A Letter for My Brother

“Flowers for the dead
At times I still hear your voice in my head
And I wish that you were here instead
And all our precious memories I’ll never forget”- Cuban Link

Grief is a process of a lifetime.

Eight years has gone by since I got the phone call that you had been shot nine times. It was the first time Death entered my life and I can’t remember a time when I prayed as much as I did as we waited to see if you would survive. Thinking back at it, I was naïve to think that someone could survive so many wounds, especially when the bullet pierced through your head, but still I leaned on my faith.

A few days later they would pull the plug. It was surreal to me, to think that the last summer I spent in Buffalo would be the last time I’d see you alive. I was thankful for all the laughter, lessons learned, and moments I’ll never be able to repeat. You were (are) my favorite brother—you took care of me and taught me that despite our father not being a father to us, we could be a better man than him. You were determined to be a better father to your own son. But life did not unfold the way you and I hoped it would for you. We all make difficult choices in life in order to provide, to survive, to make it out here—sometimes we are only making it until someone else decides to play the role of the Creator and cut our life short.

During a time when senseless gun violence seems to be a daily occurrence, I wanted to remind anyone who may be grieving that it is not fair that we need to be grieving at all. We shouldn’t have to bury the young men in our lives. My brother had just turned 22-years-old in November and just a couple of months later, I was watching him lay in a casket. I sometimes think about what life might have been like if you were still alive. I know you would have been proud of me and all that I’ve accomplished, you were always supporting my work as a young writer. You never made fun of me for writing poetry, you thought it was great that I did well in school. You would tell me to keep up the good work and in the years since your passing, I tried to keep up the good work. I know that I was given access in areas that were made unavailable to you, I know that I have been privileged in my life and I want you to know that I don’t take that for granted.

This time in January is always a difficult one for me because I can’t help but feel overwhelmed with grief. I still can’t bring myself to go back to Buffalo to visit family. Whenever I muster the courage to do so, I freeze up. There’s a part of me that doesn’t want to face the reality that you are no longer there. That the day I stood in the cemetery and threw that red rose into the pit as they lowered your casket, as my knees once again gave out, was not some horrible nightmare that I’m still trying to wake up from.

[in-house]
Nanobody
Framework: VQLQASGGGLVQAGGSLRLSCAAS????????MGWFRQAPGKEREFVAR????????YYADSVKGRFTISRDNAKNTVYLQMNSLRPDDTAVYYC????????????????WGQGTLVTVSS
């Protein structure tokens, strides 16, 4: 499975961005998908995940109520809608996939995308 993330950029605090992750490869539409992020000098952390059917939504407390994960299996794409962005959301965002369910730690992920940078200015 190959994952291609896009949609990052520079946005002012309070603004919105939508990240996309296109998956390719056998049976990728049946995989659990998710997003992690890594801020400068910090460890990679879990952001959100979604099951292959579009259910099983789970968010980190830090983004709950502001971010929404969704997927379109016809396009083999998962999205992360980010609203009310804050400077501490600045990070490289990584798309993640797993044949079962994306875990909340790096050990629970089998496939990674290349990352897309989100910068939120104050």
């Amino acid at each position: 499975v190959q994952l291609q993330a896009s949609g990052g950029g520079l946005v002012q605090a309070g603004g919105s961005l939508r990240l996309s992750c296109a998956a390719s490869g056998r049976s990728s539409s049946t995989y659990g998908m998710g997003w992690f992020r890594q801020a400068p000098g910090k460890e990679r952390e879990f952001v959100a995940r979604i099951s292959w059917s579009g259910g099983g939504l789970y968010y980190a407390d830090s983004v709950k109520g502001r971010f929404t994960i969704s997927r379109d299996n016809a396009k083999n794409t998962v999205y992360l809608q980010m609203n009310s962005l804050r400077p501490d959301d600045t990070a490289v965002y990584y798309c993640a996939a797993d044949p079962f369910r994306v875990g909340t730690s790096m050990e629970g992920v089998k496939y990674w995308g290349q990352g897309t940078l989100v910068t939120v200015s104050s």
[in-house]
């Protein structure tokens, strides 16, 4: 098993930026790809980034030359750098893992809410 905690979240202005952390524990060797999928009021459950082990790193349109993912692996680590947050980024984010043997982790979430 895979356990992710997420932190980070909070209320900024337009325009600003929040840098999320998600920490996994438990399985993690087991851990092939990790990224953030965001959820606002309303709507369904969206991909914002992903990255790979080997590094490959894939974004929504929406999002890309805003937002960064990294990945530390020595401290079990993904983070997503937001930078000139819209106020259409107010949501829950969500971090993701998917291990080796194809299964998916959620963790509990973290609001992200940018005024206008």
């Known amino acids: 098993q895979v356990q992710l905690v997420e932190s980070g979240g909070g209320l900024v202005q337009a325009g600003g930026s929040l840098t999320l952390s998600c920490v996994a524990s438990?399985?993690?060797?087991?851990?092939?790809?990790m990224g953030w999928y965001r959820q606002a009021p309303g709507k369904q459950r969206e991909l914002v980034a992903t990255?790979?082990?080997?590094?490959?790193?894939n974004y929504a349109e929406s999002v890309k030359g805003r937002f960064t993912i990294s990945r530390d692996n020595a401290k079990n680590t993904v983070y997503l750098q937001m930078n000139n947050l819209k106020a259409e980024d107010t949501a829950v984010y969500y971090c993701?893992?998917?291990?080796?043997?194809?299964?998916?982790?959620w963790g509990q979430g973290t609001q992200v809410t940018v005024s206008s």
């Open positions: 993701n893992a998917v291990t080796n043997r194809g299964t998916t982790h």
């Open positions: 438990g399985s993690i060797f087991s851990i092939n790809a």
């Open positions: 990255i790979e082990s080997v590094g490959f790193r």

One day I will need to face my fears and visit the family, to see your son again and witness the young boy he has grown up to become. He looks so much like you and when the time is right, I will be sure to share with him that your biggest hope was that you could be a better father. I know how much that meant to you—your son was one of your greatest accomplishments. Through him, a piece of you still remains on this earth.

Thank you Pupi for those nights you’d visit me, sitting on the corner of my bed as I would cry during my sleep. Thank you for having my back even in the after life. Thank you for making me realize I could never take my life for granted. Thank you for inspiring me to follow my dreams because I did not want to risk dying with these dreams still inside of me and not realized.

After your passing I couldn’t find the courage to write but a year after your death I wrote this poem in your honor and I want to dedicate this poem to everyone who has lost someone recently:

In the Distance: In Memory Of…
I will always hold you near
No matter how far away
Through the pain and the tears
Our memories will never go astray
It’s the distance one fears
Knowing you’re so far away
In the distance I’ll see your face
And that glowing light of grace
Just knowing you’re in a better place
Makes the distance fade away